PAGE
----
Texas does things a little different than most states, especially when it comes to private-property rights.

For example, we have strict consumer protections related to home equity lending which are so important to Texans that voters actually enshrined them in the state constitution back in 1997.

Much has changed in the housing market in the past 20 years, and now it’s time for our rules to catch up. Proposition 2 on the November ballot is our chance to make this change.

Prop 2 will help Texas homeowners like you in several ways.

Prop 2 will make smaller loans available to more Texans. Right now, there’s a 3 percent limit on fees that can be charged to create a home equity loan. That means if you’re looking to get a home equity loan of $10,000, you can only be charged up to $300 for all the fees associated with the loan.

But loan fees can add up fast, so lenders aren’t always able to make these kinds of loans for relatively low amounts.

Prop 2 would actually lower that fee limit from 3 percent to 2 percent; and take three expenses—the appraisal, title insurance premium, and survey—out of the equation, allowing a borrower to pay for them separately. This means smaller home equity loans will be more readily accessible for Texans.

Prop 2 also makes several other small changes that will make it easier for homeowners to access their hard-earned home equity.

But there’s also one important thing Prop 2 doesn’t do.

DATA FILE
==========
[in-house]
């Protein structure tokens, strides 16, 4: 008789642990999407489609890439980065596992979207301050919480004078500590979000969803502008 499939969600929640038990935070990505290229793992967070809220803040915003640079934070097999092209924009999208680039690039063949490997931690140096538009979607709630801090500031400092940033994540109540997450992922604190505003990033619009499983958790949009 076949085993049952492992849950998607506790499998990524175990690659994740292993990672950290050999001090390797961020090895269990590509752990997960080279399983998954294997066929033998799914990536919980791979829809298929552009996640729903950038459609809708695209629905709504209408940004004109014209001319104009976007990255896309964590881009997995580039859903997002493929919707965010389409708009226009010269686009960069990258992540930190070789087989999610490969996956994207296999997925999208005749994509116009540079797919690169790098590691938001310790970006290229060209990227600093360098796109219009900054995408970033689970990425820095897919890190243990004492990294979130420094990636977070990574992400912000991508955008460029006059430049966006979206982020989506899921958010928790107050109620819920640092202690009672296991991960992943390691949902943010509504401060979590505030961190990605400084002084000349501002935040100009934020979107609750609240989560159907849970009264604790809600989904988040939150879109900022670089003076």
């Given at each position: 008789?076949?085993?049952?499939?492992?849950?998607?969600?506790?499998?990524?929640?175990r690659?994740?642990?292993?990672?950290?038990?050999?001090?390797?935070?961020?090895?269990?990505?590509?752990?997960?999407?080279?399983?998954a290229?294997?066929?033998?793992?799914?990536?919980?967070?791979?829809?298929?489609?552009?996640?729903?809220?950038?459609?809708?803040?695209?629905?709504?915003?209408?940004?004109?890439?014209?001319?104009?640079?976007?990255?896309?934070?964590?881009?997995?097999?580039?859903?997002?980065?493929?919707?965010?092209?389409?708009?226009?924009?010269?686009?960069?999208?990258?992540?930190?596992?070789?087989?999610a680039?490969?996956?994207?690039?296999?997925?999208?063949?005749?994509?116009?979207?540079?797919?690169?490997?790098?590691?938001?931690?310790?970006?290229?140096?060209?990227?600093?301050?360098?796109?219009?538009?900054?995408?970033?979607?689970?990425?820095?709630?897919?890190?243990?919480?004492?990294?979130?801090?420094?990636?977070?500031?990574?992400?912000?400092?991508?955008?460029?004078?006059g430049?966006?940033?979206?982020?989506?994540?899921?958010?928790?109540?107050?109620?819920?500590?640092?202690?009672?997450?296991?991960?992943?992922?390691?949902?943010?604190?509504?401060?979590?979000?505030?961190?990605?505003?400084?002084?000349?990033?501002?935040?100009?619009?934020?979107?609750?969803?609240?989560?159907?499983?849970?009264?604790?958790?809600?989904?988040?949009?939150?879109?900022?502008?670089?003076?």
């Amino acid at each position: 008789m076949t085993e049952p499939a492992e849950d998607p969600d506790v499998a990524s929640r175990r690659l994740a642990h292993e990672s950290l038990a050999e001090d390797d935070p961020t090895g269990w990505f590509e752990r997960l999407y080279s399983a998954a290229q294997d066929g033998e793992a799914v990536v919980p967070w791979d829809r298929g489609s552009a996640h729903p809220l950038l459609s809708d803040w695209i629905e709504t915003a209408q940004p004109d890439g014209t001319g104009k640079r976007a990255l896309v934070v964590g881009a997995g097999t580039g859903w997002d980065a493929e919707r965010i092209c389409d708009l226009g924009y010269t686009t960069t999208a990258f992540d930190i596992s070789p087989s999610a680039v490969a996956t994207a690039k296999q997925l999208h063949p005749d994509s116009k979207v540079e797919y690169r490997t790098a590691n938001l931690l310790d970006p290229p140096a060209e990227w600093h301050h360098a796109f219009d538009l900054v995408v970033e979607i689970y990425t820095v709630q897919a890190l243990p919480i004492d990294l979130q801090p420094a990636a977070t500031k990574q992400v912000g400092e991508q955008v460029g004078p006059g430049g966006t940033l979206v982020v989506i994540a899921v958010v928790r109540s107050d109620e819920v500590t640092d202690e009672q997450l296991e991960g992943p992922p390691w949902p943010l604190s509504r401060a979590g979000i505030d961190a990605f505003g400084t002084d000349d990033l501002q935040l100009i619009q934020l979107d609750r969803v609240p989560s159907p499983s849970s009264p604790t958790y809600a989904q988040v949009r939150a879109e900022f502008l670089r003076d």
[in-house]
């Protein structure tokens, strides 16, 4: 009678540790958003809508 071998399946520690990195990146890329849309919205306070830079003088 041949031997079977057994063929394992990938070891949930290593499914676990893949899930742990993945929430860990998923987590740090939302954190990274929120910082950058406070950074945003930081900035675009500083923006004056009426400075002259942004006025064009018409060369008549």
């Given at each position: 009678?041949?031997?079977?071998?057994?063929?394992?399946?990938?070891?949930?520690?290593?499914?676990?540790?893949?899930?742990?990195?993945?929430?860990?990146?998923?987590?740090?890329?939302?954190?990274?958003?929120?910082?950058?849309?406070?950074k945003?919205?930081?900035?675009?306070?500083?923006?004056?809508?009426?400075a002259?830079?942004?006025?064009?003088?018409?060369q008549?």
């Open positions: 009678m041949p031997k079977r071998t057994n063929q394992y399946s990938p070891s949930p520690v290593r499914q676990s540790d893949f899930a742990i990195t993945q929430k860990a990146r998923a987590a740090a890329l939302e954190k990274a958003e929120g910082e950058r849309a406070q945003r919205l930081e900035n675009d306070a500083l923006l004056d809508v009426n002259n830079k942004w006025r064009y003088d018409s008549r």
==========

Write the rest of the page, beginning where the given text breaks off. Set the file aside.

Remember those strong protections I mentioned? Texas prohibits borrowing more than 80 percent of your home’s value. This means 20 percent of your home’s equity will always be protected. Other states will let homeowners borrow 100 percent (or even more) of their home’s equity, putting their homes at risk when the market changes.

Nothing in Prop 2 changes the constitutional protections Texans have when borrowing on their home equity.

You may not need to tap into your home’s equity right now. But what about when your child goes to college, if you want to renovate your home, or if you have an unexpected expense, like medical bills? These are all common reasons Texans take out home equity loans.

You may never need or want to take out a home equity loan, but don’t you want the peace of mind to know that you could if you needed to?

Early voting is Oct. 23-Nov. 3, and Election Day is Nov. 7. Visit co.hidalgo.tx.us/elections to find polling places.

Whether you vote early or on Election Day, vote for Proposition 2. You work hard to build up the equity in your home. You should be able to access it when you need it.